Companies like Microsoft, Pinterest, and insurance company Anthem are putting corporate culture back on the agenda, leading to spikes in internal displacement.
And that worries some travel managers a bit: exactly how long will the boom last? And can they afford it? Travel budgets, tightened during the lull in the pandemic, are now being reassessed as leaders seek to bring teams together, in or out of the office.
“It’s the travel we’re seeing coming back now,” said Ann Kloepfer, global head of travel agency services delivery at Microsoft. “We hired 25,000 people during the pandemic, who never met their colleagues, their leaders. As soon as we announced the reopening of offices, we saw a huge increase in travel. There is a pent-up demand for in-person engagement, especially with new hires.
Alaska Airlines announced an increase in corporate bookings on Thursday. “There’s just been this material, like in a 50 point change, in booking levels for some of these big guys. [tech] guys over the past few weeks,” commercial manager Andrew Harrison said. during the airline’s first quarter earnings call. He didn’t name any names, but given the airline’s headquarters in Seattle and its hub in San Francisco, it’s likely big companies like Microsoft, as well as Amazon and Facebook.
“Book a trip like crazy”
Another company, corporate gift provider Sendoso, is “booking trips like crazy.” She just opened a new office in San Francisco and seems eager to show it off. “We definitely want people in person,” said Sarah Lowery, its culture and facilities manager. “Bringing people back here, doing events…we had about 150 people in the office having a great time, happy hours, you name it, here we are. We flew people in from all states.
Organizing regular events involves transporting at least 50 people a week, if not more, to different locations, she said during a Office Hours Webinar hosted by business travel agency TripActions. He would also take them to Arizona for three days for a golf event to meet their manager for lunch, or send them to San Francisco for a week “to hang out in a Sendosa environment” – even if that meant meeting colleagues from different departments. .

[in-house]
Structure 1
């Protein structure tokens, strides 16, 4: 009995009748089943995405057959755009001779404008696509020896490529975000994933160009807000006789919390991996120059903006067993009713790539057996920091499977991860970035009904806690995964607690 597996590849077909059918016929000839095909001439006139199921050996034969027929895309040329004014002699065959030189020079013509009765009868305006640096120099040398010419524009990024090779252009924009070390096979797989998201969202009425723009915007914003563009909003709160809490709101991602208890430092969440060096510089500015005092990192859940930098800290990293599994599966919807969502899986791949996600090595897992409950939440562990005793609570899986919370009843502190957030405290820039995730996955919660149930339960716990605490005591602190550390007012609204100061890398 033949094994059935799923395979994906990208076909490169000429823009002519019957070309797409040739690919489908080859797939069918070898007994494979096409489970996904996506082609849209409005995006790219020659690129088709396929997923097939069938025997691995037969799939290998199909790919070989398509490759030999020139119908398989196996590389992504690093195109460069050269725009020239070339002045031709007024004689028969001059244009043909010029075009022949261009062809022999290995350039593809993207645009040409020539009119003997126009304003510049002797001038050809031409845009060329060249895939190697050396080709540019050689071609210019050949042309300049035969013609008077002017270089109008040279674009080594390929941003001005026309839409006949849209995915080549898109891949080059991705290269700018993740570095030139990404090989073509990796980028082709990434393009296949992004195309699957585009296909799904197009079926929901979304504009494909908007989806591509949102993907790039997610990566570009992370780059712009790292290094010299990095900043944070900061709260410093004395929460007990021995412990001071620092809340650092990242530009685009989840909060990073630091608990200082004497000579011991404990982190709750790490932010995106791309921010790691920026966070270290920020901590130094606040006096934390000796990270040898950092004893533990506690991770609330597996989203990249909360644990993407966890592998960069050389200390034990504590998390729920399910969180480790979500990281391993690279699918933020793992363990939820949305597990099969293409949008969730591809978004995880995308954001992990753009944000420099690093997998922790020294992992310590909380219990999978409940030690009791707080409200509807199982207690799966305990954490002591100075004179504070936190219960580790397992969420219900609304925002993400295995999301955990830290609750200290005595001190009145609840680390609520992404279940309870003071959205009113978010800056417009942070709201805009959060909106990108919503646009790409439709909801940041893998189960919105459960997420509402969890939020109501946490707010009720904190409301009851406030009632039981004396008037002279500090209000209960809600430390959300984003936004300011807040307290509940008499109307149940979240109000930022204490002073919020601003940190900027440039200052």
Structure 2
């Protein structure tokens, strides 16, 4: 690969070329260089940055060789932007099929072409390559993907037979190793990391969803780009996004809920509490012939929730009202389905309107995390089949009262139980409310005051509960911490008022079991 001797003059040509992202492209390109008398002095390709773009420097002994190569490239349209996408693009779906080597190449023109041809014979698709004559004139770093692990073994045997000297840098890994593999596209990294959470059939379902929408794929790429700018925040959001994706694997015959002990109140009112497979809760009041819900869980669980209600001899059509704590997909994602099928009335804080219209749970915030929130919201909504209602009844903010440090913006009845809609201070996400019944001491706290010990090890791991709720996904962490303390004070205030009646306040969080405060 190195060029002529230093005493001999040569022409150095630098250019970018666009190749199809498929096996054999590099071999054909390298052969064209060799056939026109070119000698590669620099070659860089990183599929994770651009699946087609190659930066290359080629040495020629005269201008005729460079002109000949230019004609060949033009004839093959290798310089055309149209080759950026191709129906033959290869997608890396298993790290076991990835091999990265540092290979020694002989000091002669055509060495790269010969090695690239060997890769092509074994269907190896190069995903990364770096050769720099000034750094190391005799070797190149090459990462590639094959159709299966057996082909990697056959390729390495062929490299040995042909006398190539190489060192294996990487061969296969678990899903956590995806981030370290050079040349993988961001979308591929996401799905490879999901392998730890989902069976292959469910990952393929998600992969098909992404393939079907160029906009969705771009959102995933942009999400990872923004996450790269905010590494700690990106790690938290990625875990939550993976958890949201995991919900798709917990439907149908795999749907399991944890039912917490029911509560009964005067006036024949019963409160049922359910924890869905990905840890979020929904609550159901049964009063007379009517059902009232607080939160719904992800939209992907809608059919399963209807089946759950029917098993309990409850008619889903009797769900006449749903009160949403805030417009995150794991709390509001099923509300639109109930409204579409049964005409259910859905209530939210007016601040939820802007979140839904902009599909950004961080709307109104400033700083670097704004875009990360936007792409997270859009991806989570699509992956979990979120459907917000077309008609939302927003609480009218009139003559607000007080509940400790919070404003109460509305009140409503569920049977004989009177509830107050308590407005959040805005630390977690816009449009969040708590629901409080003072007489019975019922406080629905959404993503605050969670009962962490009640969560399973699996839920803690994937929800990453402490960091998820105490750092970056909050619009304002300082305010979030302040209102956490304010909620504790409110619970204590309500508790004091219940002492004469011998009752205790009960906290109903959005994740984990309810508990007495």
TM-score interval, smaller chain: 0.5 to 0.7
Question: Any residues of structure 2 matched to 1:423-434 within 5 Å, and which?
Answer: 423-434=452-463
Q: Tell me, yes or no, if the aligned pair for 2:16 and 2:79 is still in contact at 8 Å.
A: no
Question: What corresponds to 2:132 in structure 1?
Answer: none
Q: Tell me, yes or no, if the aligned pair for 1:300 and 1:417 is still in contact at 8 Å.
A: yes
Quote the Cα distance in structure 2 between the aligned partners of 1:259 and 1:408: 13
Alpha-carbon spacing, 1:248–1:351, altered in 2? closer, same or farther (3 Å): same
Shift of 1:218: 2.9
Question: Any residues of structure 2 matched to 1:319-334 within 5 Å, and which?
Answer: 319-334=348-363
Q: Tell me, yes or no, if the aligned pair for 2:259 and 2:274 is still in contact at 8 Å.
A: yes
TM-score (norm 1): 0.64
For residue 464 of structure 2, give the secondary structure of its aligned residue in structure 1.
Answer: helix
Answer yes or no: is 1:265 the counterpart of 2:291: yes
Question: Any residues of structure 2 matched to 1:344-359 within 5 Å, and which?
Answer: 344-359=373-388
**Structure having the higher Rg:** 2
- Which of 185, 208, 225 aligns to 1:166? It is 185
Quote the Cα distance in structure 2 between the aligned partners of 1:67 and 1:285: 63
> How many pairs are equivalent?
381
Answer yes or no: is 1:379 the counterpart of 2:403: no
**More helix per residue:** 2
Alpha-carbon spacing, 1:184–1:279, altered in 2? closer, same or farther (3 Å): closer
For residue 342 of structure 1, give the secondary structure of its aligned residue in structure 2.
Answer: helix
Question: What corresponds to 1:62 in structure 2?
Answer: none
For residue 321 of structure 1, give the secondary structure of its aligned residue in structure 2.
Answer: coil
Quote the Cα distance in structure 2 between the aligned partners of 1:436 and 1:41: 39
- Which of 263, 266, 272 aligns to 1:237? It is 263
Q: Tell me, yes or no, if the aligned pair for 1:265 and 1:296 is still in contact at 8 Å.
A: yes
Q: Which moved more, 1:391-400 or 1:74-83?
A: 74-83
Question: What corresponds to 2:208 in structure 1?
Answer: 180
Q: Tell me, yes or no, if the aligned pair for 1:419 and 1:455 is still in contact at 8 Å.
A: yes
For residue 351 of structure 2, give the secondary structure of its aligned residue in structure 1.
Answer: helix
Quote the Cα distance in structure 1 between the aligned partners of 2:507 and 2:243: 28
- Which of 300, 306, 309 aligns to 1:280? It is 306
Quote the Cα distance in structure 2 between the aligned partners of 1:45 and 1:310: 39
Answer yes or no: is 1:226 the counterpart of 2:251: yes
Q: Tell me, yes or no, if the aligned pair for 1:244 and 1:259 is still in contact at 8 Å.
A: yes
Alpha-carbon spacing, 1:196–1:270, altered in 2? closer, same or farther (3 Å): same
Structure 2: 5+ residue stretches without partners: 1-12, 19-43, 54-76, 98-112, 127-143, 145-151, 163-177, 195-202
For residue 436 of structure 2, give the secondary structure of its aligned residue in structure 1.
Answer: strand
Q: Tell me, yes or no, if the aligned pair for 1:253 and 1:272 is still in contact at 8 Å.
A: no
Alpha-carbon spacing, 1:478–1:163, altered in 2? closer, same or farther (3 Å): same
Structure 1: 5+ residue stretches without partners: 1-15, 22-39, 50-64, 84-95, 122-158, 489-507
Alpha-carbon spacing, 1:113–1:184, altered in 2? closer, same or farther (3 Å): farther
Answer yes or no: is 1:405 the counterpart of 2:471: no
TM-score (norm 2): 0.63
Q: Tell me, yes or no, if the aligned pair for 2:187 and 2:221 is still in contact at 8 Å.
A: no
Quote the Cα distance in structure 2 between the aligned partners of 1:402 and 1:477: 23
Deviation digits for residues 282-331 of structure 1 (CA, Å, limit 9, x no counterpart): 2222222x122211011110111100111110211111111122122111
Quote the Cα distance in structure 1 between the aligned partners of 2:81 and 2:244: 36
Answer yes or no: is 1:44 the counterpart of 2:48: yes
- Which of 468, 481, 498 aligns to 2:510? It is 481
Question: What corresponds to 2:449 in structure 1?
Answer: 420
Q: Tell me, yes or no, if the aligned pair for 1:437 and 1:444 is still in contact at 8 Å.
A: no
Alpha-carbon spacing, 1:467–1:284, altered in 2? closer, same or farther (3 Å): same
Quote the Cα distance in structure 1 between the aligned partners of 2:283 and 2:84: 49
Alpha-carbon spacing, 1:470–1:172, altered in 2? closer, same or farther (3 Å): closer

Mira Rosenweig, global head of travel at Pinterest, noted that her company’s leadership is also pushing in-person meetings to boost company culture. “If you feel more connected to your business, (the hope) is that there will be less turnover,” she said. “My travel budget is higher than ever. And we have extended travel benefits such as business class clearance.
However, some experts have expressed concerns about the new models that will emerge next.
“Are they going to want to come every month, every two months, what will that rhythm be?” said Steven Mandelbaum, Vice President, Business Solutions in Washington, D.C. Education Advisory Council at the Tripbam virtual event. “We added acquisitions that were not locally based. That’s what worries me, it’s this internal journey.
Another expert said travel for internal purposes has now taken the top spot.